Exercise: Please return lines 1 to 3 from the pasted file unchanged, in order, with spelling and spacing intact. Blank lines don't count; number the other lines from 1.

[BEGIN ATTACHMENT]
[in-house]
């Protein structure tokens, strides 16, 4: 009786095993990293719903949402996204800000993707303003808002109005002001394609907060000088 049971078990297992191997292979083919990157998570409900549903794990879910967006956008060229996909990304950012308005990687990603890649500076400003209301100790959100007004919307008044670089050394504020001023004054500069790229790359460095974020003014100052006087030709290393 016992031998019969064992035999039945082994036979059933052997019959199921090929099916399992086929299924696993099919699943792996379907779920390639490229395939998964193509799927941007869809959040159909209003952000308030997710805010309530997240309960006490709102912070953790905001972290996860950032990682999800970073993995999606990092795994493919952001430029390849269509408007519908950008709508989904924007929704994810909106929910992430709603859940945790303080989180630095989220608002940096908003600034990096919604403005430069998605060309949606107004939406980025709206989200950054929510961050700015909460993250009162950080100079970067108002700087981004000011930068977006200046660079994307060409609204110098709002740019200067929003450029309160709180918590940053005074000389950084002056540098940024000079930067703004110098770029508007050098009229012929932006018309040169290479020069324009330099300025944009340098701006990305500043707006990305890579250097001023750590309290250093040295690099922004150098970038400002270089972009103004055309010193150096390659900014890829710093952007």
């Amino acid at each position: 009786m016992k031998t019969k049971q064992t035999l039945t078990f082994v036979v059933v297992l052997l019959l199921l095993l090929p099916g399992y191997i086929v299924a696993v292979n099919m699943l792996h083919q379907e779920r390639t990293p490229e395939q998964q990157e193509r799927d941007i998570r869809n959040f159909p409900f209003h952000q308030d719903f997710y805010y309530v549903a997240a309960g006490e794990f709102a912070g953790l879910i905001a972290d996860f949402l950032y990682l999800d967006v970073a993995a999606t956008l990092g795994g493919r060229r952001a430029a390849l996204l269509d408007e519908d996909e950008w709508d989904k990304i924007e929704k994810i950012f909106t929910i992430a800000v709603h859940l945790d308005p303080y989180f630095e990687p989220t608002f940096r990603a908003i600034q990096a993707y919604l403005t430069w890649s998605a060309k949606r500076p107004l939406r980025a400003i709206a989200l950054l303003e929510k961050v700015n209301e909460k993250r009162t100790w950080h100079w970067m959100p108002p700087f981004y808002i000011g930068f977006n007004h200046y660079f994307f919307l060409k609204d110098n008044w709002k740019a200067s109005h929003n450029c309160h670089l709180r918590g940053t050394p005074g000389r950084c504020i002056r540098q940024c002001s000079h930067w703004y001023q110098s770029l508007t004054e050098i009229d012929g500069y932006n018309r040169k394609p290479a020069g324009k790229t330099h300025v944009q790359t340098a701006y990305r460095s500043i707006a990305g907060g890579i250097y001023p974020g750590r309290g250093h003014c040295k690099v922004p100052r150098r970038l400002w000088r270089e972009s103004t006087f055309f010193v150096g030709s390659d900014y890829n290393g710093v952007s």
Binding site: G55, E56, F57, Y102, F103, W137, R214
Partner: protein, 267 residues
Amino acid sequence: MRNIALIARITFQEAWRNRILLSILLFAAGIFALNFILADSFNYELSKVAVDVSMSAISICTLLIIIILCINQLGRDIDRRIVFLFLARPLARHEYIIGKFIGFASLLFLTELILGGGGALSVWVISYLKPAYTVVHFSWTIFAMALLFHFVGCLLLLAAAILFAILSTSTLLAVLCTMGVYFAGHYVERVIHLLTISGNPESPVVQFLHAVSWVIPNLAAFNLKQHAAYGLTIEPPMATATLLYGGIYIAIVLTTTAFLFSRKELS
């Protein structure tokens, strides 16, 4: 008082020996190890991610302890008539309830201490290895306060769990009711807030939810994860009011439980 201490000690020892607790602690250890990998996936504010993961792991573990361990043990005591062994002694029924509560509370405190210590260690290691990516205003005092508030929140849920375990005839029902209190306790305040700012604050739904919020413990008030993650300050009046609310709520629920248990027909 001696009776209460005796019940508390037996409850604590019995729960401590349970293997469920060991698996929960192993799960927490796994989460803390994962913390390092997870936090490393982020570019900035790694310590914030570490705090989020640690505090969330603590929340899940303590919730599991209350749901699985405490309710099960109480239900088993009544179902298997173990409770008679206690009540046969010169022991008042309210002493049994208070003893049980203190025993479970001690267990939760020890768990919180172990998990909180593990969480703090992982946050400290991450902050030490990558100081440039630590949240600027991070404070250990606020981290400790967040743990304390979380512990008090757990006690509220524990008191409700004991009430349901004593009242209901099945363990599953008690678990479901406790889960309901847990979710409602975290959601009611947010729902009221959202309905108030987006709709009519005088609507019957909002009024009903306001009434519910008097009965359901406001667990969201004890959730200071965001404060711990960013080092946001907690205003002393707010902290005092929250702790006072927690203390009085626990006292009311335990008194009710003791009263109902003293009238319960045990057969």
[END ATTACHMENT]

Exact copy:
[in-house]
């Protein structure tokens, strides 16, 4: 009786095993990293719903949402996204800000993707303003808002109005002001394609907060000088 049971078990297992191997292979083919990157998570409900549903794990879910967006956008060229996909990304950012308005990687990603890649500076400003209301100790959100007004919307008044670089050394504020001023004054500069790229790359460095974020003014100052006087030709290393 016992031998019969064992035999039945082994036979059933052997019959199921090929099916399992086929299924696993099919699943792996379907779920390639490229395939998964193509799927941007869809959040159909209003952000308030997710805010309530997240309960006490709102912070953790905001972290996860950032990682999800970073993995999606990092795994493919952001430029390849269509408007519908950008709508989904924007929704994810909106929910992430709603859940945790303080989180630095989220608002940096908003600034990096919604403005430069998605060309949606107004939406980025709206989200950054929510961050700015909460993250009162950080100079970067108002700087981004000011930068977006200046660079994307060409609204110098709002740019200067929003450029309160709180918590940053005074000389950084002056540098940024000079930067703004110098770029508007050098009229012929932006018309040169290479020069324009330099300025944009340098701006990305500043707006990305890579250097001023750590309290250093040295690099922004150098970038400002270089972009103004055309010193150096390659900014890829710093952007």
């Amino acid at each position: 009786m016992k031998t019969k049971q064992t035999l039945t078990f082994v036979v059933v297992l052997l019959l199921l095993l090929p099916g399992y191997i086929v299924a696993v292979n099919m699943l792996h083919q379907e779920r390639t990293p490229e395939q998964q990157e193509r799927d941007i998570r869809n959040f159909p409900f209003h952000q308030d719903f997710y805010y309530v549903a997240a309960g006490e794990f709102a912070g953790l879910i905001a972290d996860f949402l950032y990682l999800d967006v970073a993995a999606t956008l990092g795994g493919r060229r952001a430029a390849l996204l269509d408007e519908d996909e950008w709508d989904k990304i924007e929704k994810i950012f909106t929910i992430a800000v709603h859940l945790d308005p303080y989180f630095e990687p989220t608002f940096r990603a908003i600034q990096a993707y919604l403005t430069w890649s998605a060309k949606r500076p107004l939406r980025a400003i709206a989200l950054l303003e929510k961050v700015n209301e909460k993250r009162t100790w950080h100079w970067m959100p108002p700087f981004y808002i000011g930068f977006n007004h200046y660079f994307f919307l060409k609204d110098n008044w709002k740019a200067s109005h929003n450029c309160h670089l709180r918590g940053t050394p005074g000389r950084c504020i002056r540098q940024c002001s000079h930067w703004y001023q110098s770029l508007t004054e050098i009229d012929g500069y932006n018309r040169k394609p290479a020069g324009k790229t330099h300025v944009q790359t340098a701006y990305r460095s500043i707006a990305g907060g890579i250097y001023p974020g750590r309290g250093h003014c040295k690099v922004p100052r150098r970038l400002w000088r270089e972009s103004t006087f055309f010193v150096g030709s390659d900014y890829n290393g710093v952007s």